"It just makes you think how difficult it must have been for them, joined together, that they were prepared to go through this operation and risk dying," says Fatimah Khanoum, a cleaner from South Tehran.
As she talks about the death of the conjoined twins, Laleh and Ladan Bijani, she bursts into tears.
"I would have liked to be in a position to help them in any way possible," she says. "They were like my own children."
"I was expecting this would happen," said Parveneh, adding that many Iranians feared one of the twins might die.
"We wanted both of them to live as they're our fellow Iranians," said Hussein - though he said even if they had been foreigners, it would have been important for him.
"The difference is our media has given prominent coverage to them because they're Iranian," Hussein explains.
"We were all hoping for a successful outcome to the operation, we were praying for them to be successfully separated," said a spokesman for the Iranian government, Abdollah Ramanzadeh, who described the nation as "in deep sorrow".
The twins had become front page news
The government offered on Monday to pay for the expenses of the two sisters, whose family had been collecting donations from well-wishers.
Iranian television went live to Singapore in the morning to bring its viewers the sad news but many heard about it by word of mouth - receiving telephone calls from friends while at work.
Everyone described the first twin to die, Ladan, as the more outspoken of the two girls - the one who wanted to be a lawyer and who was less fearful about the operation than her sister Laleh.
The girls have been household figures for years, with the local media charting their progress through university where they studied law.
The authorities initially wanted to give the twins just one birth certificate but their foster father fought the issue insisting they were two different people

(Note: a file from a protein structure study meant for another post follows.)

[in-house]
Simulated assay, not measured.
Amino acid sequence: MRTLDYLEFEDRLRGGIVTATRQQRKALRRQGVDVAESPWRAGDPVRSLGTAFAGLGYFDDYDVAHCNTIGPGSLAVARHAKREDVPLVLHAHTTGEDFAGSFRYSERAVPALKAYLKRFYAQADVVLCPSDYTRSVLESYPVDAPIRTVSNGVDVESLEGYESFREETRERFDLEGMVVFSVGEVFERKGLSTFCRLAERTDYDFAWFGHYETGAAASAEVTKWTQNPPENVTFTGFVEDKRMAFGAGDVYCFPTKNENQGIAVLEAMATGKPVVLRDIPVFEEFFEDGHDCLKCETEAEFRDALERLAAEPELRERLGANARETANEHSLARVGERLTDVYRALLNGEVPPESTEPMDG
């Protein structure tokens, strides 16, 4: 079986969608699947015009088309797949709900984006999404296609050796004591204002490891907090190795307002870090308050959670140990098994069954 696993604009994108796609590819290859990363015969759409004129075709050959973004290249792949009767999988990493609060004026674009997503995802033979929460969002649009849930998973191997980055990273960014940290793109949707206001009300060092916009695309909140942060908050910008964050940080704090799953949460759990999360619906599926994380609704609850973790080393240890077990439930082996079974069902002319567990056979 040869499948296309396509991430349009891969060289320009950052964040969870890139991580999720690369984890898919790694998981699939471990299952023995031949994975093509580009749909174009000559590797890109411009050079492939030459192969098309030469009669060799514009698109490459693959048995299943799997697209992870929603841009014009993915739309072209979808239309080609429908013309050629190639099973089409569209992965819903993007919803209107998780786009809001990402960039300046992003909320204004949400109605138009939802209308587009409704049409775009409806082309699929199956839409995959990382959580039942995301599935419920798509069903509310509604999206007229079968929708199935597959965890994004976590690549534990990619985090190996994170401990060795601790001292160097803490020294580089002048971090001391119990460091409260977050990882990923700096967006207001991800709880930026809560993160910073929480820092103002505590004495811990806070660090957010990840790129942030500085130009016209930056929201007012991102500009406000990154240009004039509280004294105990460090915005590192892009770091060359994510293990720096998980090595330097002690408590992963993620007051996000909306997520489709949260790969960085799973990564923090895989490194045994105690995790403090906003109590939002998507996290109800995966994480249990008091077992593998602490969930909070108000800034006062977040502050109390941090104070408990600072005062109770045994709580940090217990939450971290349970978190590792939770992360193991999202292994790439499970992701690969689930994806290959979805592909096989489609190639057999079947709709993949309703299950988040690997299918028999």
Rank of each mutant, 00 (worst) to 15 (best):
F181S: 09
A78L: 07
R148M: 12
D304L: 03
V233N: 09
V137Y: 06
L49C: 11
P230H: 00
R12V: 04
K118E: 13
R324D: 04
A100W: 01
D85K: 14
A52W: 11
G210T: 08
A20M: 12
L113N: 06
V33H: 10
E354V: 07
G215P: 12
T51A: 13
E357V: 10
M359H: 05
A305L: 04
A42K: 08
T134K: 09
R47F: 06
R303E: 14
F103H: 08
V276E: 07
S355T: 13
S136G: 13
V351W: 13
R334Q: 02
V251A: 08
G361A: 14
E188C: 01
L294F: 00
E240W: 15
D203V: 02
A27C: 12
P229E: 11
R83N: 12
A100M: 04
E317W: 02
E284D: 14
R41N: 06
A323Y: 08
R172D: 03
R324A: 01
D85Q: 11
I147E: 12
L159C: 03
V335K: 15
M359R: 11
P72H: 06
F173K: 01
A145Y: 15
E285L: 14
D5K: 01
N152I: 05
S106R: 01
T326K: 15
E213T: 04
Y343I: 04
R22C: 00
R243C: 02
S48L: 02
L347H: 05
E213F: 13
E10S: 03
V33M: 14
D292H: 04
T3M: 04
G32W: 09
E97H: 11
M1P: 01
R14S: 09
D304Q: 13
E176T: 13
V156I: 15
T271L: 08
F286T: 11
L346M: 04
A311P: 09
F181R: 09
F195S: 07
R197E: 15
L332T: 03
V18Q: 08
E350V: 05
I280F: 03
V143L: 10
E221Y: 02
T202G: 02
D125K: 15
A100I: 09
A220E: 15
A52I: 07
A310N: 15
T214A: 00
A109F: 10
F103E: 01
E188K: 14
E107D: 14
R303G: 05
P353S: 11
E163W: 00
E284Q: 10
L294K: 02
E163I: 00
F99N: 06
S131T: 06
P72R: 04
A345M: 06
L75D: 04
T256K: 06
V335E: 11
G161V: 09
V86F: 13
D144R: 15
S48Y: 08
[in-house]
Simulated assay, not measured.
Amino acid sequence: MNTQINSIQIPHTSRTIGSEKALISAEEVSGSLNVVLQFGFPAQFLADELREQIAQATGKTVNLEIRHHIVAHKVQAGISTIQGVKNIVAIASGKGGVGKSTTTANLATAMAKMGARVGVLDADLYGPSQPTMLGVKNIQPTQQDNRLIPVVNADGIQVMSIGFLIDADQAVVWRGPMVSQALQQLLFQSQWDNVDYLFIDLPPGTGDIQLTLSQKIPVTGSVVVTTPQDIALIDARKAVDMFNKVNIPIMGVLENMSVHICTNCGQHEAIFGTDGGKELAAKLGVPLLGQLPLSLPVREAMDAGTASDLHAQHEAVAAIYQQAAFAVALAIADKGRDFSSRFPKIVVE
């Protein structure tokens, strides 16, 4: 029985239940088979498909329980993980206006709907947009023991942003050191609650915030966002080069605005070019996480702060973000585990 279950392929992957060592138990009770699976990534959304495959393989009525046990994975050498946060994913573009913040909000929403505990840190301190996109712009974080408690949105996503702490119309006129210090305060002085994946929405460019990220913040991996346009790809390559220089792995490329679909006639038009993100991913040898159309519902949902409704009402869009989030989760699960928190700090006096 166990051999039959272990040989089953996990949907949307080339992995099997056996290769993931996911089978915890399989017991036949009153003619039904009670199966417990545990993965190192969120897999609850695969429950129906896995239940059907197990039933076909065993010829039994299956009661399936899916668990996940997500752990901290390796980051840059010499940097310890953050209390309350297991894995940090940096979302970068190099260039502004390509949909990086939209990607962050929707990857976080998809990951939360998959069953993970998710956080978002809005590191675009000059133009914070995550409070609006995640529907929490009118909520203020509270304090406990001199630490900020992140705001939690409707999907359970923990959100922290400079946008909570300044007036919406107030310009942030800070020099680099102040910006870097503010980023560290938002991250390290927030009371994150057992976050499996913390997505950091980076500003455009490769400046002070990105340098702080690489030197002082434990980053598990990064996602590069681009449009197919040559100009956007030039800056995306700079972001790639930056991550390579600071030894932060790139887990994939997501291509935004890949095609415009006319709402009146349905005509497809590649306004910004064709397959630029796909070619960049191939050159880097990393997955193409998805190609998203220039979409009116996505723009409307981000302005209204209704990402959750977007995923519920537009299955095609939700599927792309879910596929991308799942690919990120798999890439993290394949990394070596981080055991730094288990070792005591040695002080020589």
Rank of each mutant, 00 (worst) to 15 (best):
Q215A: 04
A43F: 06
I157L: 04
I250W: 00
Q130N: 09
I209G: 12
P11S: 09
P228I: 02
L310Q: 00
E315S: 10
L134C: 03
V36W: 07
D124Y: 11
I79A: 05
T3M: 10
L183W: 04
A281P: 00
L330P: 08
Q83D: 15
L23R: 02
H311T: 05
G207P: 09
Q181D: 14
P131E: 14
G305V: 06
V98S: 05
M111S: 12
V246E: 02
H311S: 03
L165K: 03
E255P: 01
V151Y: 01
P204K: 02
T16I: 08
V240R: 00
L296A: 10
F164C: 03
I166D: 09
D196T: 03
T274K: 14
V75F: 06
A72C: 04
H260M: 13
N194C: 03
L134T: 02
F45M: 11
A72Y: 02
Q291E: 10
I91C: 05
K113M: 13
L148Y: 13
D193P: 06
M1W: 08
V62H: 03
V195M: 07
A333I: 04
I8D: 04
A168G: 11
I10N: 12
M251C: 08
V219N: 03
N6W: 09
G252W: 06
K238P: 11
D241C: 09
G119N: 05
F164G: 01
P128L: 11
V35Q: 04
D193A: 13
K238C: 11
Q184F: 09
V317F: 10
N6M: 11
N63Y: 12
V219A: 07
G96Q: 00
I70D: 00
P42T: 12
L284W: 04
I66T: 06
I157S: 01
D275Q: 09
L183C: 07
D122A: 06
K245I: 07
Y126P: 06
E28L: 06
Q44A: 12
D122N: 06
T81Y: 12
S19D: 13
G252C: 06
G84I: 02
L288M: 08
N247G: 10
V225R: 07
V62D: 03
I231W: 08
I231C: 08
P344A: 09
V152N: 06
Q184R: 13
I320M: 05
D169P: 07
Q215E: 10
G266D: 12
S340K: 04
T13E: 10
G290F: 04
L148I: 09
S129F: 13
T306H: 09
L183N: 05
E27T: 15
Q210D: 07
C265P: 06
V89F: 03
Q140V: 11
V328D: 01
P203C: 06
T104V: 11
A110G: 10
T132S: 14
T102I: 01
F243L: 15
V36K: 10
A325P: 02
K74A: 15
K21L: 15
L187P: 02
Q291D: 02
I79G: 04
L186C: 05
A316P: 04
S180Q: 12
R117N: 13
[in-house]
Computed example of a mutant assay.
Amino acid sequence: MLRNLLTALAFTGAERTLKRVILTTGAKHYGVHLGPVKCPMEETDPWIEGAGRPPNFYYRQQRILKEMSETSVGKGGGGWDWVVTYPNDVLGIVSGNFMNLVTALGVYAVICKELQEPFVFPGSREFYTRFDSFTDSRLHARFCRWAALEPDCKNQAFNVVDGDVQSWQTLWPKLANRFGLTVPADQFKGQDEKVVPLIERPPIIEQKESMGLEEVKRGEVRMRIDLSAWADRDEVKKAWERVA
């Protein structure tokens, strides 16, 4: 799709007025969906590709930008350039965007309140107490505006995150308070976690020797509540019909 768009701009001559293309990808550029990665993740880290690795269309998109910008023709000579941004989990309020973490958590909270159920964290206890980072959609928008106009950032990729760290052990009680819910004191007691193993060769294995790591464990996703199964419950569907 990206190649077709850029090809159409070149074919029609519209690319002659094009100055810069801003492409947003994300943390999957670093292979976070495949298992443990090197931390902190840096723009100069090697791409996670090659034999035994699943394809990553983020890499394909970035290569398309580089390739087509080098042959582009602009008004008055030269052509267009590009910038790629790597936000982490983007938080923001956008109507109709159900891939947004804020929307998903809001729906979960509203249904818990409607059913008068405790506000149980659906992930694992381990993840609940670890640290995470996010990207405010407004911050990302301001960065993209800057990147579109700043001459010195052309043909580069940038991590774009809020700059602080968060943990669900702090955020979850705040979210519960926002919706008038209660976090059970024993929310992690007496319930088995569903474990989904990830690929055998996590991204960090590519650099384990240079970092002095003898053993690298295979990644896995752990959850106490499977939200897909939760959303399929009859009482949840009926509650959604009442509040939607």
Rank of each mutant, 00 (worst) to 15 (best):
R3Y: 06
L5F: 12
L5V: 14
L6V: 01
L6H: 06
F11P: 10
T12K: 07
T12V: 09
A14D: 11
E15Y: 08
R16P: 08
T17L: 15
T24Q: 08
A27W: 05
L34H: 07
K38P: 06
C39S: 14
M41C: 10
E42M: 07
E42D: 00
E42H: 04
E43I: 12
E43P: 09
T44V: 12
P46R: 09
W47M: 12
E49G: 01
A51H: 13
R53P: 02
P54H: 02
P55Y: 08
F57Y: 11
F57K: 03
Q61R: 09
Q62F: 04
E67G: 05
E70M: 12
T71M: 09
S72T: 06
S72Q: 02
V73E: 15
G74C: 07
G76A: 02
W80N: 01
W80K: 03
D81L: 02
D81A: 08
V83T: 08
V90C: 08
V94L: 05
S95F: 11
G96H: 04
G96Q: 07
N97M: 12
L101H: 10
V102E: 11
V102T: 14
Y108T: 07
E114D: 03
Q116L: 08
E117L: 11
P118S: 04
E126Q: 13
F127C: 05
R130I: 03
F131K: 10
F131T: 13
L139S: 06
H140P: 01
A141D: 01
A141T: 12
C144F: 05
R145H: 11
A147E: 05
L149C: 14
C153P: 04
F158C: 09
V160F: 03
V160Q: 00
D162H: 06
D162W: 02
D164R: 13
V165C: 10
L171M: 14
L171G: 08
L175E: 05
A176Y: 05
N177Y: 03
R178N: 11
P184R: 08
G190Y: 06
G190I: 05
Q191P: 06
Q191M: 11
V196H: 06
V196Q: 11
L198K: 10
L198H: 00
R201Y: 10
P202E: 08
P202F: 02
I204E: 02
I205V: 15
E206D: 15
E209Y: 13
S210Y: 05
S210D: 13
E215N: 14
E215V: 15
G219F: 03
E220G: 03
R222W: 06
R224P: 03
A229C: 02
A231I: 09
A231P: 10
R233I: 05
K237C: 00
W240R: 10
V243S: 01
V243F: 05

In recent days the interest became more intense.
One newspaper even had a poem from a reader entitled "Hoping to See you Soon" about the twins.
There were long articles giving the history of the girls, explaining that they were born into a very poor family of nine children in Firouzabad in the south of Iran who could not afford to look after them.
They were sent to a children's home, but one day when their mother went to visit them she found they had been transferred to another town.
She told reporters the family was too poor to afford the bus fare to go and see them.
The sisters were later adopted but, press reports say, their foster father had problems getting two separate birth certificates for them.
The authorities initially wanted to give just one, but he fought the issue insisting they were two different people.
It was only when the girls were aged 15 that their mother managed to find them again in a town near Tehran.
At first, the Iranian papers say the twins refused to accept they were related to their mother until they saw their younger sisters who resemble them.
Before leaving for Singapore, Laleh and Ladan went home and the whole village prayed for success in their operation.
Many who were following the story of Laleh and Ladan were planning to distribute sweets to celebrate if the operation had turned out well.
Now they are wondering if there is going to be a memorial service here they can attend.